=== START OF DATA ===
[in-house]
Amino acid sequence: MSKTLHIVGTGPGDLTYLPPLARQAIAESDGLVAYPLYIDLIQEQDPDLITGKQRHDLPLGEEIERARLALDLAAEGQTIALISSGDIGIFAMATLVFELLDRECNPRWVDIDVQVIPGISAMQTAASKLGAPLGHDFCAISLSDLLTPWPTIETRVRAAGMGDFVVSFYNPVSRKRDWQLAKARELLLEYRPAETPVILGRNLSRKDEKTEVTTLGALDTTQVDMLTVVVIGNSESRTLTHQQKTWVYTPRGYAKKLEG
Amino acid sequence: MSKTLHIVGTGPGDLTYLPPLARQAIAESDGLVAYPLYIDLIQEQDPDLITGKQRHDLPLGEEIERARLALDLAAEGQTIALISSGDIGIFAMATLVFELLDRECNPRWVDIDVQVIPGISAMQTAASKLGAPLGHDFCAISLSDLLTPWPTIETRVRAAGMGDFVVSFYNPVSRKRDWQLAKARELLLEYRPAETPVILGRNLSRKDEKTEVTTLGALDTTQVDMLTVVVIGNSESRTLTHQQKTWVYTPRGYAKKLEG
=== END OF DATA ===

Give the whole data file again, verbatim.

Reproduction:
[in-house]
Amino acid sequence: MSKTLHIVGTGPGDLTYLPPLARQAIAESDGLVAYPLYIDLIQEQDPDLITGKQRHDLPLGEEIERARLALDLAAEGQTIALISSGDIGIFAMATLVFELLDRECNPRWVDIDVQVIPGISAMQTAASKLGAPLGHDFCAISLSDLLTPWPTIETRVRAAGMGDFVVSFYNPVSRKRDWQLAKARELLLEYRPAETPVILGRNLSRKDEKTEVTTLGALDTTQVDMLTVVVIGNSESRTLTHQQKTWVYTPRGYAKKLEG
Amino acid sequence: MSKTLHIVGTGPGDLTYLPPLARQAIAESDGLVAYPLYIDLIQEQDPDLITGKQRHDLPLGEEIERARLALDLAAEGQTIALISSGDIGIFAMATLVFELLDRECNPRWVDIDVQVIPGISAMQTAASKLGAPLGHDFCAISLSDLLTPWPTIETRVRAAGMGDFVVSFYNPVSRKRDWQLAKARELLLEYRPAETPVILGRNLSRKDEKTEVTTLGALDTTQVDMLTVVVIGNSESRTLTHQQKTWVYTPRGYAKKLEG